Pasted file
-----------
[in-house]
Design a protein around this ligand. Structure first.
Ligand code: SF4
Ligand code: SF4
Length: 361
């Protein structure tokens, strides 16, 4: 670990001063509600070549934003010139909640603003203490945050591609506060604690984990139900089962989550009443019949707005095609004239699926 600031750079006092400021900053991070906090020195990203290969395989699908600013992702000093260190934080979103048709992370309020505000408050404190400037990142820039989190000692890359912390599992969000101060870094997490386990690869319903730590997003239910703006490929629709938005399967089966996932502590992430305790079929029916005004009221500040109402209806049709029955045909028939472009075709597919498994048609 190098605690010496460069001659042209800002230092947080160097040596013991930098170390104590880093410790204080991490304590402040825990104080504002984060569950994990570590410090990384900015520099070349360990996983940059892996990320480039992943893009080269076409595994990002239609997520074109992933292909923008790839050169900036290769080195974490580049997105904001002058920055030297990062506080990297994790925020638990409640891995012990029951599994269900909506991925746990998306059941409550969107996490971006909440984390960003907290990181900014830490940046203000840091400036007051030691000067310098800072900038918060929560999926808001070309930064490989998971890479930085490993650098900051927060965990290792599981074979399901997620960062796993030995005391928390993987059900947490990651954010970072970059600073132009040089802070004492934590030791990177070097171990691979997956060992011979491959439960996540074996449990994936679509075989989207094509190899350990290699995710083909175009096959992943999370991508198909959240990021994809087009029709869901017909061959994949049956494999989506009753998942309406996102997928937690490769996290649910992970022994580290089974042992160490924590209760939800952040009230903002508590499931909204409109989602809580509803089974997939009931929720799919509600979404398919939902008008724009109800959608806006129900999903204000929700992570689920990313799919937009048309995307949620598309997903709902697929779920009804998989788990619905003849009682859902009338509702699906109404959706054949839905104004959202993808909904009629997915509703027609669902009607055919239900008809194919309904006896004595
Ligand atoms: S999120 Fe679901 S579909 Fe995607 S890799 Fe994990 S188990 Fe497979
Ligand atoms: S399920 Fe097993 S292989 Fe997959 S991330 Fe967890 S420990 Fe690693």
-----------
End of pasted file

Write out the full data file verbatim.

[in-house]
Design a protein around this ligand. Structure first.
Ligand code: SF4
Ligand code: SF4
Length: 361
């Protein structure tokens, strides 16, 4: 670990001063509600070549934003010139909640603003203490945050591609506060604690984990139900089962989550009443019949707005095609004239699926 600031750079006092400021900053991070906090020195990203290969395989699908600013992702000093260190934080979103048709992370309020505000408050404190400037990142820039989190000692890359912390599992969000101060870094997490386990690869319903730590997003239910703006490929629709938005399967089966996932502590992430305790079929029916005004009221500040109402209806049709029955045909028939472009075709597919498994048609 190098605690010496460069001659042209800002230092947080160097040596013991930098170390104590880093410790204080991490304590402040825990104080504002984060569950994990570590410090990384900015520099070349360990996983940059892996990320480039992943893009080269076409595994990002239609997520074109992933292909923008790839050169900036290769080195974490580049997105904001002058920055030297990062506080990297994790925020638990409640891995012990029951599994269900909506991925746990998306059941409550969107996490971006909440984390960003907290990181900014830490940046203000840091400036007051030691000067310098800072900038918060929560999926808001070309930064490989998971890479930085490993650098900051927060965990290792599981074979399901997620960062796993030995005391928390993987059900947490990651954010970072970059600073132009040089802070004492934590030791990177070097171990691979997956060992011979491959439960996540074996449990994936679509075989989207094509190899350990290699995710083909175009096959992943999370991508198909959240990021994809087009029709869901017909061959994949049956494999989506009753998942309406996102997928937690490769996290649910992970022994580290089974042992160490924590209760939800952040009230903002508590499931909204409109989602809580509803089974997939009931929720799919509600979404398919939902008008724009109800959608806006129900999903204000929700992570689920990313799919937009048309995307949620598309997903709902697929779920009804998989788990619905003849009682859902009338509702699906109404959706054949839905104004959202993808909904009629997915509703027609669902009607055919239900008809194919309904006896004595
Ligand atoms: S999120 Fe679901 S579909 Fe995607 S890799 Fe994990 S188990 Fe497979
Ligand atoms: S399920 Fe097993 S292989 Fe997959 S991330 Fe967890 S420990 Fe690693």